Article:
Block on Trump's Asylum Ban Upheld by Supreme Court
In 2003's Demore v. Kim, the Supreme Court ruled 5-4 that permanent residents were not entitled to bail when in custody and appealing deportation rulings. The opinion's logic was based, in part, on the brevity of those detentions. Government statistics, provided to the Supreme Court by the Department of Justice, showed that removal proceedings concluded quickly, that deportation appeals were rare, and that those appeals, too, were resolved with relative speed.
In a troubling revelation, the Office of the Solicitor General now admits those statistics were wrong, according to a report by Jess Bravin in the Wall Street Journal.
In a letter to the Supreme Court, acting Solicitor General Ian Gershengorn lays out the extent of the errors -- and they were fairly extensive. As Demore made its way to the Supreme Court, after the Ninth Circuit ruled that permanent residents were entitled to basic due process, including bail, during deportation proceedings, the Department of Justice asked the Executive Office for Immigration Review for statistics regarding removal proceedings for aliens who had been mandatorily detained.
Those numbers made their way into the Department of Justice's briefs to the Court and finally into Chief Justice Rehnquist's opinion itself. They said, for example, that removal proceedings were completed in an average of 47 days and a median of 30. That deportation orders were appealed in only 15 percent of the relevant cases. That those appeals were typically resolved in just about four months.
The numbers were wrong.
The EOIR's calculation included "significant errors," including excluding 15,000 relevant cases and using inadequate definitions, Gershengorn's letter states. For example, the EOIR defined a case as "completed" when there was a change of venue or case transfer, making it seem like detainees were released earlier than they actually were.
Several of the errors strengthened the government's position that detentions were short and, thus, bail unnecessary. But in other instances, the new data shows that detentions were actually shorter than first understood. For example, when the missing cases are brought in to the EOIR's statistics, the average completion time for mandatory detention cases, where there was no appeal, drops to 34 days, instead of the 47 reported. Yet, in cases where there was an appeal, case completion took an average of 382 days and a median of 272, not the four or so months the Court believed.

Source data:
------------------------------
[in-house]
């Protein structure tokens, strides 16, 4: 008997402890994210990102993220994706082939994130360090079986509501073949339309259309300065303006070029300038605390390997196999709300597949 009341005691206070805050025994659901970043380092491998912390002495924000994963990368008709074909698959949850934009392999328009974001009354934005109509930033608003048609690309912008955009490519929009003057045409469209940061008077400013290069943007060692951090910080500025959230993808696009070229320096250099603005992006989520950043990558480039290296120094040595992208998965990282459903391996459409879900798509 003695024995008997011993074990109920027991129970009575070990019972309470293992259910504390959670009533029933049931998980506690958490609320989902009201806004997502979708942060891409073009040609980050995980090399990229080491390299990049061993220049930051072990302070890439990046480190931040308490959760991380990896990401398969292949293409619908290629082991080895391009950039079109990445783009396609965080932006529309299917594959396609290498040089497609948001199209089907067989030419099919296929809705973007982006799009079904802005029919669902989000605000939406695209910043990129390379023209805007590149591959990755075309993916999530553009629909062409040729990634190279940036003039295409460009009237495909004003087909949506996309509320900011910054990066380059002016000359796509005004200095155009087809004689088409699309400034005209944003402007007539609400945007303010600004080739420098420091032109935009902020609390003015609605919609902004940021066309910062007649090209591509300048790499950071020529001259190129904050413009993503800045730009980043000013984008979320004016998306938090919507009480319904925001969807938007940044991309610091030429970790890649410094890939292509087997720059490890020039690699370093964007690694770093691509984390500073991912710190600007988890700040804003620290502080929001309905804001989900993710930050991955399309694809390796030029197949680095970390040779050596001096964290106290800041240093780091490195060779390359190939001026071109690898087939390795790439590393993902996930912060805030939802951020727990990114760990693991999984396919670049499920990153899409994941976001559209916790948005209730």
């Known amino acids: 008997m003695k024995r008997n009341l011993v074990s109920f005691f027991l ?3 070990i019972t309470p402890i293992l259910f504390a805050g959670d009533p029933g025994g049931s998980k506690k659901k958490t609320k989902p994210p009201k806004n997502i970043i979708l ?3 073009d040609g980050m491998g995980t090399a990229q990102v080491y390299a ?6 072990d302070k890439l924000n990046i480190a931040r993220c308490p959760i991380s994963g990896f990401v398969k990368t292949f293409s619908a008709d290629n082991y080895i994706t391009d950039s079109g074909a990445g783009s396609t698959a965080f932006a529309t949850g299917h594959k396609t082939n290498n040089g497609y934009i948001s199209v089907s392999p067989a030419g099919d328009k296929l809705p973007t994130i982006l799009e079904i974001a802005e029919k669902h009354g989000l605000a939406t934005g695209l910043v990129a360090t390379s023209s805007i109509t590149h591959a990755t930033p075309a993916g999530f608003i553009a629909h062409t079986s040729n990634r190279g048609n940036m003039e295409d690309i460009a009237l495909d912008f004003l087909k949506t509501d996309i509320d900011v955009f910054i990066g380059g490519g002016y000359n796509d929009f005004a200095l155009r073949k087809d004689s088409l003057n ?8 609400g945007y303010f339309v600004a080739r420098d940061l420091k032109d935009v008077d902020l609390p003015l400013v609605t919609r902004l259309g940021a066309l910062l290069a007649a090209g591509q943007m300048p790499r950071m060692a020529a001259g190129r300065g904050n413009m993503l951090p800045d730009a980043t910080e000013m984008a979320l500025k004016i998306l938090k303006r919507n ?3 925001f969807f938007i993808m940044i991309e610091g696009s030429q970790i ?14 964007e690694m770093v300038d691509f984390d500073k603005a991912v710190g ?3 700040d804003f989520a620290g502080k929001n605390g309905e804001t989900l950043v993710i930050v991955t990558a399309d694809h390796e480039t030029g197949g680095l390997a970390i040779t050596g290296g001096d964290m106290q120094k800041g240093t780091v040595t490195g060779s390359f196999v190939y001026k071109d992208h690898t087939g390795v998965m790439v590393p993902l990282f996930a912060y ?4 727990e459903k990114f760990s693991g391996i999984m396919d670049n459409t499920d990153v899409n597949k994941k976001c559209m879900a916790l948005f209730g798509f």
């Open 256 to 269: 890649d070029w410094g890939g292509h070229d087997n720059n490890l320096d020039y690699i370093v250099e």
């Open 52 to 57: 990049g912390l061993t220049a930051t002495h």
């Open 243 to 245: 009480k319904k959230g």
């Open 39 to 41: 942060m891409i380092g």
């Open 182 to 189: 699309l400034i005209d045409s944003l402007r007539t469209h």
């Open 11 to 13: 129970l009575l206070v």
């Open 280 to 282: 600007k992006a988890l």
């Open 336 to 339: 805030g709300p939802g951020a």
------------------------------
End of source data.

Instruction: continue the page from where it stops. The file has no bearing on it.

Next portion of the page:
In their letter to the Supreme Court, the Department of Justice apologized for the errors and said that the mistakes were inadvertent. Safeguards have been put in place to prevent the DOJ from providing inaccurate information in the future, according to the letter.
Yet, those inaccuracies still remain in the Court's opinion. What's to be done? Gershengorn suggests that the Court "may wish to amend its opinion to delete" references to the incorrect information.
And the revelations will likely have an impact in the upcoming term. As the SG notes, Demore is relevant to the upcoming case of Jennings v. Rodriguez. That, again, is an appeal from the Ninth Circuit. In this case, the Ninth had ruled that aliens who face mandatory detention are entitled to bond hearings, this time if their detention lasts more than six months.
The DOJ has yet to file any briefs with the Court in that case, but when they do, let's hope they check their math.
Editor's Note, September 1st, 2016: This piece has been updated with more information on the difference between the actual length of detention in cases that were appealed and the numbers the Court was originally given.
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